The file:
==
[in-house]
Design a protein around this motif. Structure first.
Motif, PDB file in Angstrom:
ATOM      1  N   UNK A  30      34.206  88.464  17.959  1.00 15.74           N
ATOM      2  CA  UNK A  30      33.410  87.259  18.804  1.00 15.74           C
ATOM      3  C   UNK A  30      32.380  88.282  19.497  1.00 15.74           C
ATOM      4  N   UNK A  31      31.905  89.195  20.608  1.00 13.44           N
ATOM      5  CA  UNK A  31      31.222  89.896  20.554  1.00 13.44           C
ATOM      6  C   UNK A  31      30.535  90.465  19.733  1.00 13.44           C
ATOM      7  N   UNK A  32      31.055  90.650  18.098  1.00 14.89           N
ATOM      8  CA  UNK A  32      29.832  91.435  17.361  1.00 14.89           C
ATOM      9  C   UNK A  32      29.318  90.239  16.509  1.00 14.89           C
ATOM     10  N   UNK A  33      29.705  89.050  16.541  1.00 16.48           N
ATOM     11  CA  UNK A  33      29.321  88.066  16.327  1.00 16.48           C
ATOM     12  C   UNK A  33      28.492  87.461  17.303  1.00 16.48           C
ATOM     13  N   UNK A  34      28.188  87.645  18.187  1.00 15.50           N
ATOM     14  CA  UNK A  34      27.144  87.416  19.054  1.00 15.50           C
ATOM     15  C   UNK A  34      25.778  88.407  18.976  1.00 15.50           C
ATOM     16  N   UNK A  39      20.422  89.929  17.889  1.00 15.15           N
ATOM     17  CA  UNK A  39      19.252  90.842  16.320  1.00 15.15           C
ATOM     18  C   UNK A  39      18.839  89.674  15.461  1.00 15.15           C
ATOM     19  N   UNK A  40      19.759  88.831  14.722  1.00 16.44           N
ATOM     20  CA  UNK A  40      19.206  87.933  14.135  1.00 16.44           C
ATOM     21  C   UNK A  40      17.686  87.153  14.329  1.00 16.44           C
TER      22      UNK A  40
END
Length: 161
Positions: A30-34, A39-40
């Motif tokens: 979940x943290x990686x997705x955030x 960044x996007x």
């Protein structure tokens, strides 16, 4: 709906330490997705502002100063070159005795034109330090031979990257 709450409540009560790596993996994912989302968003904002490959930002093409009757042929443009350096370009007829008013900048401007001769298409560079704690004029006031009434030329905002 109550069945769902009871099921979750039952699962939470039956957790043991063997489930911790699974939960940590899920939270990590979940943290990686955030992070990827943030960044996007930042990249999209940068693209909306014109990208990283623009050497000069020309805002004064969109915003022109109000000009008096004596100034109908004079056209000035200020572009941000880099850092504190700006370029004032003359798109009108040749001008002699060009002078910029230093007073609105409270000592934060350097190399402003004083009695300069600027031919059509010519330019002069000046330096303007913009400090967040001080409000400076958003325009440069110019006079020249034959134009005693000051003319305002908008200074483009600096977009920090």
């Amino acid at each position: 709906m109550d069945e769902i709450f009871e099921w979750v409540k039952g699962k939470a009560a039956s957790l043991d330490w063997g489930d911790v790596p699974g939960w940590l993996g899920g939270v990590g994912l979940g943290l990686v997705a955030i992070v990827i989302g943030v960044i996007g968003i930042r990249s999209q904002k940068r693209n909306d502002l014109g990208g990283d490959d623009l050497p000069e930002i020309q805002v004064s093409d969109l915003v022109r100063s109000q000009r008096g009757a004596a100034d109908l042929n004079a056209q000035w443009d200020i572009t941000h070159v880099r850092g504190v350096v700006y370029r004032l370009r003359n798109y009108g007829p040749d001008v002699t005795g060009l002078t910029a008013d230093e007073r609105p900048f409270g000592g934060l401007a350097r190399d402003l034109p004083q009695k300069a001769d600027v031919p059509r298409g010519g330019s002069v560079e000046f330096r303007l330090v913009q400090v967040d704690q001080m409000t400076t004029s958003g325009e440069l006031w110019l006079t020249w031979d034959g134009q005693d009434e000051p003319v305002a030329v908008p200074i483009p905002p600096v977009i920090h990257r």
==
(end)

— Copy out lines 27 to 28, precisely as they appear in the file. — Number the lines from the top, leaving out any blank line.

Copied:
Length: 161
Positions: A30-34, A39-40